By TAYLOR HARTZ
On March 2, Southington High School (SHS) juniors completed the first mandatory SAT examination.
The SAT has replaced the Smarter Balanced Assessment (SBAC) as the annual examination for students across the state.
The U.S. Department of Education approved a waiver request in Aug. 2015, allowing the SAT, a common requirement for college applications, to be free for all students.
Gov. Dannel Malloy (D) announced in September that the switch from the SBAC to the SAT was part of a state-wide plan to reduce standardized testing, minimize duplicate testing, and provide equal opportunities for college readiness while minimizing student stress.
“All children deserve a chance to pursue their dreams, go to college, and compete for the best jobs in a global economy,” said Malloy.
The “School Day” SAT is mandatory for all the state’s juniors, and will be a graduation requirement as adopted by the Connecticut State Board of Education. The test will follow the “new” SAT format, which includes 65 minutes of reading, 35 minutes of writing and language, 25 minutes of math without a calculator, and 55 minutes of math with a calculator.
Any student who is unable to take the March 2 test will be administered the test on April 27.
Students applying to college will still have the opportunity to choose which SAT scores are sent to their intended schools via College Board, but according to Assistant Superintendent Steve Madancy, only the scores earned on March 2 or April 27 will be used to evaluate academic performance and instruction in the school.
While the Southington Board of Education (BOE) agreed that the mandate is a positive opportunity for grade 11 students, Superintendent of Schools Timothy Connellan said he thinks the board should maintain their focus on rigor in the classroom and curriculum.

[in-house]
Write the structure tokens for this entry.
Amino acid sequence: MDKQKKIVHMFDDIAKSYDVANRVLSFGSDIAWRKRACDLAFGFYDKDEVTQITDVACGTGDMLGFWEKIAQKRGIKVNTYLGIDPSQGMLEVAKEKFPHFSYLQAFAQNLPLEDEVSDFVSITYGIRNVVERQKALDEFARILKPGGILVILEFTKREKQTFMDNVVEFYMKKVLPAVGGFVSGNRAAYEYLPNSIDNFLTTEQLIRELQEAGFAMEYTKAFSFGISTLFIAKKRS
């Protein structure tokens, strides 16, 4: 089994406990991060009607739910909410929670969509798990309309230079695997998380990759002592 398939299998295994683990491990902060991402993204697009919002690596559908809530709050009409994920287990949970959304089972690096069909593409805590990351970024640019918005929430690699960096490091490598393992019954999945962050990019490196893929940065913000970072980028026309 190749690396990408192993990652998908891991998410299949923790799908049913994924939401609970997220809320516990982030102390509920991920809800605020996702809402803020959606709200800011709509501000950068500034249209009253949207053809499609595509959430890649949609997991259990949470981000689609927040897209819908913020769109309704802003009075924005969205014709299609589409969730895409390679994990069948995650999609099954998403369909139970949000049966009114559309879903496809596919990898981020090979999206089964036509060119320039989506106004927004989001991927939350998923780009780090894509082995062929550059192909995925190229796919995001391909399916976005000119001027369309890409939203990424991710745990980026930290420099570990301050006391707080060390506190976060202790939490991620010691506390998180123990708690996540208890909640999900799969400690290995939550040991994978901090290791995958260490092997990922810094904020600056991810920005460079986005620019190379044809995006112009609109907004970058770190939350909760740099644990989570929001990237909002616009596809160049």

“I’m not worried about what the scores are going to look like, I’m worried about what we do every day in the classroom,” said Connellan.
BOE Chairman Brian Goralski said “we’re happy that the students are taking the test,” saying that it is a key ingredient for college applications. However, Goralski and several BOE members expressed concern that students in grades 9, 10, and 12 would have their education disrupted by the in-school testing.
Students in these grades will have their school day shortened by four hours.
In a letter sent home on Jan. 21 from Michael Halloran, Assistant Principal and SHS Assessment Coordinator, families were informed of both the altered school and bus schedules.
Goralski said that the additional costs for the changes in transportation effectively creates an unfunded state mandate with a cost that burdened local taxpayers.
Additionally, Madancy explained on Dec. 10 that there was no exception for English Second Language (ESL) students, and that they hadn’t yet heard of any accommodations for special education students.
Although Goralski said the testing offers a “a level playing field for all students,” he and several members of the board expressed concerns that English Second Language (ESL) and special education students were included in the mandatory test.
“To make special education and ESL learners take the test is abuse,” said Goralski, who feared the exam would cause these students unnecessary stress and anxiety.
Despite these concerns, the state mandate required all juniors to complete the exam, regardless of fluency or disabilities.
“Our job is to make sure all of our students in Connecticut have access to a top-quality education that prepares them for success in college and career,” said Commissioner of Education Diana Wentzell after the announcement of the exam change.
Grade 11 students reported to school at the normal time on March 2, and buses ran as scheduled. Testing began for juniors at 8:20a.m and lasted four hours.
For students in grades 9, 10, and 12, the school ran a second bus run for arrival at school by 11:35a.m., with classes running from 11:49a.m. to 2:15p.m.
Grade 11 students can expect to receive their SAT scores this May.